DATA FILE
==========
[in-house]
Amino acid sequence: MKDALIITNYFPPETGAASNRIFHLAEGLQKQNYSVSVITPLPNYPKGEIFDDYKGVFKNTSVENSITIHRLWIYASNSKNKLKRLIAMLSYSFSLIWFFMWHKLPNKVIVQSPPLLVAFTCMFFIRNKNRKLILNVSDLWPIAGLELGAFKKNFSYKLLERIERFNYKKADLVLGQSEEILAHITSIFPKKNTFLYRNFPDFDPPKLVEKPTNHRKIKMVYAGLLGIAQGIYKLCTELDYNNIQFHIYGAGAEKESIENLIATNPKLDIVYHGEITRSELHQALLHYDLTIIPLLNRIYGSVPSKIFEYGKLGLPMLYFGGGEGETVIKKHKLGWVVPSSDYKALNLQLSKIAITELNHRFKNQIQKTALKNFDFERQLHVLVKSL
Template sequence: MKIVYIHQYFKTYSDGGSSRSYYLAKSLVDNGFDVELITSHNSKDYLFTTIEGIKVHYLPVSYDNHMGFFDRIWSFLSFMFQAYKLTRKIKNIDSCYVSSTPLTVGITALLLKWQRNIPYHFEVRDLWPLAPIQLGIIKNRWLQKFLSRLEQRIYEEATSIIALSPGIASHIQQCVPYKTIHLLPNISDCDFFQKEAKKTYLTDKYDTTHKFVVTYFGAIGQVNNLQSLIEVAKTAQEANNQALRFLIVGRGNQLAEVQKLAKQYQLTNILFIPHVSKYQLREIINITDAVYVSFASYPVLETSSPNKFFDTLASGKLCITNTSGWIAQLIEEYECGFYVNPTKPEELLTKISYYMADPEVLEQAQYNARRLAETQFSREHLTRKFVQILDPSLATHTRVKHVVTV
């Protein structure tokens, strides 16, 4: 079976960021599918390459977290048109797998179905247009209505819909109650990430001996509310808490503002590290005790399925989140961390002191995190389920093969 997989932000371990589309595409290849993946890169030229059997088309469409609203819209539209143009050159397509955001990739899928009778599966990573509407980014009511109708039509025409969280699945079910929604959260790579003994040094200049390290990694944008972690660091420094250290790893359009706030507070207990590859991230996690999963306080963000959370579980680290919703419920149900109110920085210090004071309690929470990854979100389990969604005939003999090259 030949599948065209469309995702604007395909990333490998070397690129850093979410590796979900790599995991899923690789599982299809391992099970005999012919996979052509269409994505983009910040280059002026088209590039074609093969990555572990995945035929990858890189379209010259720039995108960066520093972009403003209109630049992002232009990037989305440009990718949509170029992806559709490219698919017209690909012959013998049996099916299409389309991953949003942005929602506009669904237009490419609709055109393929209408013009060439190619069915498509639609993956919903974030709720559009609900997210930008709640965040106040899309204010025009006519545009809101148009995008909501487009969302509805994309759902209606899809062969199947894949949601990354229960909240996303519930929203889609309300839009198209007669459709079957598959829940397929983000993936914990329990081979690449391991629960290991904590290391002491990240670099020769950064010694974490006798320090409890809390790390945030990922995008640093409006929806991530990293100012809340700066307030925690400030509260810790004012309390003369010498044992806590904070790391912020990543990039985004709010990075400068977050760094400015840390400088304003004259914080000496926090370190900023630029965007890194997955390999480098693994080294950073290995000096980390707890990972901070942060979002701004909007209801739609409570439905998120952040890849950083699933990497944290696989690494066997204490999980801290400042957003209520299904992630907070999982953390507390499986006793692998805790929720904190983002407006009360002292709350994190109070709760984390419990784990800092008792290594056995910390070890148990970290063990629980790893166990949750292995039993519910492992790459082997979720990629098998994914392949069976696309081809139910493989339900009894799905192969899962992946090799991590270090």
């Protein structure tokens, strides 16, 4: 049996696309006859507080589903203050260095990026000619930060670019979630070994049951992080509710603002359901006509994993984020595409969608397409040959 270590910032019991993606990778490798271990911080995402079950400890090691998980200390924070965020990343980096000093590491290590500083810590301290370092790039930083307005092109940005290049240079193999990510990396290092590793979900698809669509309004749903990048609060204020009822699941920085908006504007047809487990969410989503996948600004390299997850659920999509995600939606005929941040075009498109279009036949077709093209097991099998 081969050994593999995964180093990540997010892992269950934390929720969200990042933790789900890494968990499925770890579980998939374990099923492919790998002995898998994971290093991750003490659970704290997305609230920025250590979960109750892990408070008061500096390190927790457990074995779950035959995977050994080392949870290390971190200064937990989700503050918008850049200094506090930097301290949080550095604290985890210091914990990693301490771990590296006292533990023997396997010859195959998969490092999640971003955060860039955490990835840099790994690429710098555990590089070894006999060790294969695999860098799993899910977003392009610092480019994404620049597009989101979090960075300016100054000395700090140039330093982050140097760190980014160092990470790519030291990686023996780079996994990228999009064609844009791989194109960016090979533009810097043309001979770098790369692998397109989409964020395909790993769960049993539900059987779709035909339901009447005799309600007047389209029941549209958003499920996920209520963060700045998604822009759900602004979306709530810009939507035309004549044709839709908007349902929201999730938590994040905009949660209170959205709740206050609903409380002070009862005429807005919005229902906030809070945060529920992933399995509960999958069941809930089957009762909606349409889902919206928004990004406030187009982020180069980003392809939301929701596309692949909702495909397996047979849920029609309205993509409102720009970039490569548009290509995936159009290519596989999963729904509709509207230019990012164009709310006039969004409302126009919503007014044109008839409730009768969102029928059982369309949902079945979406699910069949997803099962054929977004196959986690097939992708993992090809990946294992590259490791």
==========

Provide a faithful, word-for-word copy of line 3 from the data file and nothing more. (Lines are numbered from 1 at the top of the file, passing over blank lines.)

Template sequence: MKIVYIHQYFKTYSDGGSSRSYYLAKSLVDNGFDVELITSHNSKDYLFTTIEGIKVHYLPVSYDNHMGFFDRIWSFLSFMFQAYKLTRKIKNIDSCYVSSTPLTVGITALLLKWQRNIPYHFEVRDLWPLAPIQLGIIKNRWLQKFLSRLEQRIYEEATSIIALSPGIASHIQQCVPYKTIHLLPNISDCDFFQKEAKKTYLTDKYDTTHKFVVTYFGAIGQVNNLQSLIEVAKTAQEANNQALRFLIVGRGNQLAEVQKLAKQYQLTNILFIPHVSKYQLREIINITDAVYVSFASYPVLETSSPNKFFDTLASGKLCITNTSGWIAQLIEEYECGFYVNPTKPEELLTKISYYMADPEVLEQAQYNARRLAETQFSREHLTRKFVQILDPSLATHTRVKHVVTV